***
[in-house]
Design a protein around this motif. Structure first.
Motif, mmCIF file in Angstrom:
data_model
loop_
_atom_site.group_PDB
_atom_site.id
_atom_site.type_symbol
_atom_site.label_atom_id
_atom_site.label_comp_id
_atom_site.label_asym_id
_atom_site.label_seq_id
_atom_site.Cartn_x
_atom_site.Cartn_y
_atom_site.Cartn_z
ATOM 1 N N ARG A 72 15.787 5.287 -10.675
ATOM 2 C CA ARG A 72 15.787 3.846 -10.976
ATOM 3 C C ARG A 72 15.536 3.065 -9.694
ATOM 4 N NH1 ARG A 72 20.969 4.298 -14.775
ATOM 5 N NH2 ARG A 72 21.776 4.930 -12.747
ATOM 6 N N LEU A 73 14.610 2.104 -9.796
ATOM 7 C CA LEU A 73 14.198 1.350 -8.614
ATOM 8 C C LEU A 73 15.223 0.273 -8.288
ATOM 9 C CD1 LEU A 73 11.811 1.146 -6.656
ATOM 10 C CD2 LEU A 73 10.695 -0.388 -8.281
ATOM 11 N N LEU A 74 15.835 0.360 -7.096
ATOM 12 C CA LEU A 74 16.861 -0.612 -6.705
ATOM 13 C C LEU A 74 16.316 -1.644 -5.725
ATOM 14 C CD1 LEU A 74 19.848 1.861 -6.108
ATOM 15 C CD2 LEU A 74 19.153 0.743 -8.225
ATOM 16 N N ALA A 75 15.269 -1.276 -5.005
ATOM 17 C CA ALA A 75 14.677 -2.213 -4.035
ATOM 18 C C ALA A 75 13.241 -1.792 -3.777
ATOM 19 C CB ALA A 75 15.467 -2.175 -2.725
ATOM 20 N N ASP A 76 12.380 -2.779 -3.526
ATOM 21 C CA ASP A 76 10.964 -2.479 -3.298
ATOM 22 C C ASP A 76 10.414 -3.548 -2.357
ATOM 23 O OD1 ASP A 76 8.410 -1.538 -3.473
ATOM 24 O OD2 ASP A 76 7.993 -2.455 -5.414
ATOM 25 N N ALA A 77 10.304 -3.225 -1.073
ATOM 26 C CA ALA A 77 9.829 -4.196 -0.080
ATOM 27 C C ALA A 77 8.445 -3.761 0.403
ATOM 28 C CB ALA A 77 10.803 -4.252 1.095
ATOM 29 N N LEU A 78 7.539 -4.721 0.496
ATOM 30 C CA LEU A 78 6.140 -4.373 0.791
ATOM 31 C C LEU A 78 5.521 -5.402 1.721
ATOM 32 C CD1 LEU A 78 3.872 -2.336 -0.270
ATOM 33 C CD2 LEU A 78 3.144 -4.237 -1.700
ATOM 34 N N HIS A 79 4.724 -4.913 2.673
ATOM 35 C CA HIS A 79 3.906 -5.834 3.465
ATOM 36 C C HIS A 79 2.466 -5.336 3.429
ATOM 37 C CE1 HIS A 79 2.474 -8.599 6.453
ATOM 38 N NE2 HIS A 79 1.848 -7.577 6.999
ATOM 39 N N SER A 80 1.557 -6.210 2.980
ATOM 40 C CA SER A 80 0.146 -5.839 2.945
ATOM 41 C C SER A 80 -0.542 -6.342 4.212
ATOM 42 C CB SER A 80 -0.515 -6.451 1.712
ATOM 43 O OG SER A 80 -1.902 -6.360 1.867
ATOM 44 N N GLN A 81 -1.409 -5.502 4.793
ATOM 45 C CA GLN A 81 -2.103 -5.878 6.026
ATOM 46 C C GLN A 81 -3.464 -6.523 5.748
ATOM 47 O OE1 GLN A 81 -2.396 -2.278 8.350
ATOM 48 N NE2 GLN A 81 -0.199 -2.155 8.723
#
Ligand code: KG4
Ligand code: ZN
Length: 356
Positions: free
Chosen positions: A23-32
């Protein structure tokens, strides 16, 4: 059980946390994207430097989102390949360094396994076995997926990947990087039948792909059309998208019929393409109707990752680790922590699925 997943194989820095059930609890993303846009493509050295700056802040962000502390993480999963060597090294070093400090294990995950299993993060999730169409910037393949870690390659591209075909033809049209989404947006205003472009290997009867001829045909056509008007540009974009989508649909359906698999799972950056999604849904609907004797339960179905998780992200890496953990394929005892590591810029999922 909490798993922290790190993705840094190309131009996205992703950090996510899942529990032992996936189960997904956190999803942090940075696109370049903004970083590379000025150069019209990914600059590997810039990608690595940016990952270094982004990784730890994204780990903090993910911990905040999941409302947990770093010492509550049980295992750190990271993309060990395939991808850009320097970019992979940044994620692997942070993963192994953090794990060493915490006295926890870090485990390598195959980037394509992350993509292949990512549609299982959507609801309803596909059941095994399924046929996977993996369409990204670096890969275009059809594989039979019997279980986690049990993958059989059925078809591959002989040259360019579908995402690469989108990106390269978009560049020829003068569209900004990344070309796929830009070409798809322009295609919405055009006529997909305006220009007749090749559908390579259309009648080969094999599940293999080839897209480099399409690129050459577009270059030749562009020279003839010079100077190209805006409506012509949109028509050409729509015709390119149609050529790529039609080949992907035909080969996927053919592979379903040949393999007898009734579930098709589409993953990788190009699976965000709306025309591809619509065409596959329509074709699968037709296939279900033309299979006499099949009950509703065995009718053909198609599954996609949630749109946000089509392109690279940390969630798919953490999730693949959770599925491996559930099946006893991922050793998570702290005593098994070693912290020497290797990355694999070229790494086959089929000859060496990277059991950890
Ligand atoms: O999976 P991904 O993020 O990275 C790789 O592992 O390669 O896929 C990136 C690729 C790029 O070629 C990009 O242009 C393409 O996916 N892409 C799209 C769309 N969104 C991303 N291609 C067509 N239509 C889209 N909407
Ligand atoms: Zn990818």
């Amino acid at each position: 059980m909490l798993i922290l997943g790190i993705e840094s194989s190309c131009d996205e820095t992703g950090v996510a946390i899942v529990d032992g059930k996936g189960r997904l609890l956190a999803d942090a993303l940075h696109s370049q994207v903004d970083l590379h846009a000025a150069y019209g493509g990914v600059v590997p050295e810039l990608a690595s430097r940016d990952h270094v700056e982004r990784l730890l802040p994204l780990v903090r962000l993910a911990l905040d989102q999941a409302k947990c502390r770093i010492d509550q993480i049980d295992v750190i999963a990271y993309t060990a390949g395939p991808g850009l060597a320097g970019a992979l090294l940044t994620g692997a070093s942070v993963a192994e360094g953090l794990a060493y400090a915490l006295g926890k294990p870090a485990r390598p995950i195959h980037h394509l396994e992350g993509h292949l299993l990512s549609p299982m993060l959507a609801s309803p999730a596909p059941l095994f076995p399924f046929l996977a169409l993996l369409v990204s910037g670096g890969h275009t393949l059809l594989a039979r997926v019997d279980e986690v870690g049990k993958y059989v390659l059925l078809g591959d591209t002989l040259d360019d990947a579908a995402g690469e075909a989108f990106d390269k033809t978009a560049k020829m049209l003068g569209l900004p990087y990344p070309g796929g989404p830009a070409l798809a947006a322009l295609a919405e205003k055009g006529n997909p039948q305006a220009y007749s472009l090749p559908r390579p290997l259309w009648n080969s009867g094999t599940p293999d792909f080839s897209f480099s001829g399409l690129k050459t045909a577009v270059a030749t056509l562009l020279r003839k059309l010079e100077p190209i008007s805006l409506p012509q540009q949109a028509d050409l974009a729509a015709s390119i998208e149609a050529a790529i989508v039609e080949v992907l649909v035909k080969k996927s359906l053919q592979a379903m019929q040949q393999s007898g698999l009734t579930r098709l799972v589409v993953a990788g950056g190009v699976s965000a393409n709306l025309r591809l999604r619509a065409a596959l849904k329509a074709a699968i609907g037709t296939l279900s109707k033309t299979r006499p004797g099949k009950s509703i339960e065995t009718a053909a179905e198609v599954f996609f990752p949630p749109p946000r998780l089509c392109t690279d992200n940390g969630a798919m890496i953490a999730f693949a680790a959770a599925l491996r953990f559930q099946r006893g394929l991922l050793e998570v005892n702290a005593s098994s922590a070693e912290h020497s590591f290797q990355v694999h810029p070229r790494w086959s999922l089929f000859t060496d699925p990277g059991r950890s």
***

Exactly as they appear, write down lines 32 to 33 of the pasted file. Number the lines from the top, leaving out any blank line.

ATOM 17 C CA ALA A 75 14.677 -2.213 -4.035
ATOM 18 C C ALA A 75 13.241 -1.792 -3.777